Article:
Differences in what The River and the Palme offered their patrons are central to the parties’ arguments on appeal. The River has 15 screens and is located in an outdoor shopping area. The River is a typical commercial movie theater with stadium seating and a typical movie theater concession area. It caters to adult, teen, and family audiences.

The Palme had 10 screens and was located in an indoor mall. The Palme is an "art house theater" with a stated mission of offering a wide selection of independent, foreign, and other artistic class films that otherwise would not be seen in the Coachella Valley. Accordingly, the films the Palme exhibited excluded "very commercial titles,"6 although the Palme did seek to show some "high-end adult commercial" pictures.7 This mix of offerings was designed to appeal to "sophisticated, discerning film fans" seeking "upscale, adult programming." The theater "[did] not have a youth audience, at all," and instead "focus[ed]" on "a cultured adult audience and seniors."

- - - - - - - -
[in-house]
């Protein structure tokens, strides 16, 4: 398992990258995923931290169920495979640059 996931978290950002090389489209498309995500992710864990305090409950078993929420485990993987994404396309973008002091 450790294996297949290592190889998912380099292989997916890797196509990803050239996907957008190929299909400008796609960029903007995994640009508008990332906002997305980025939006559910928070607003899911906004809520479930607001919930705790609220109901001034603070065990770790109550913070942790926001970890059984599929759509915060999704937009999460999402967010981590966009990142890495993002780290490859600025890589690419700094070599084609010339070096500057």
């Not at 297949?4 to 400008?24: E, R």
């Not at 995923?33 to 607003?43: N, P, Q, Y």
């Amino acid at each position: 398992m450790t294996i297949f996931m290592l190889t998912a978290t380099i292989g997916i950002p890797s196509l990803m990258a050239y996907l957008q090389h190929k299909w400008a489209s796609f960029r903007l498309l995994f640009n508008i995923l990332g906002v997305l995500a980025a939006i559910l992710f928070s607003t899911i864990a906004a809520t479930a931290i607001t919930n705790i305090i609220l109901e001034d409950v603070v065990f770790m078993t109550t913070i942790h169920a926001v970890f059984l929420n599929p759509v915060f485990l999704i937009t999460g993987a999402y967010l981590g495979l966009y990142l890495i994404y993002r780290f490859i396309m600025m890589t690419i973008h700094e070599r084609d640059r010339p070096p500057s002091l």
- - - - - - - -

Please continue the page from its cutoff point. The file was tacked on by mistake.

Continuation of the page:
When the Palme opened, it made its desired mix of films known to distributors. It explained to distributor Sony, for example, that the Palme "will not be asking for, nor expecting, most Sony product, as this is not a typical mainstream venue. Please continue to sell ... [T]he River all the very commercial titles." Universal similarly understood that the Palme "[was] only interested in certain films. They didn't really care about a lot of them."

The Palme's decor and amenities were designed to create an upscale art house theater experience as well. Flagship redecorated the building's interior, creating an "elegant" lobby of granite, slate, and hand-painted decorations. It had a café that offered "gourmet" food and "bistro fare" such as espresso...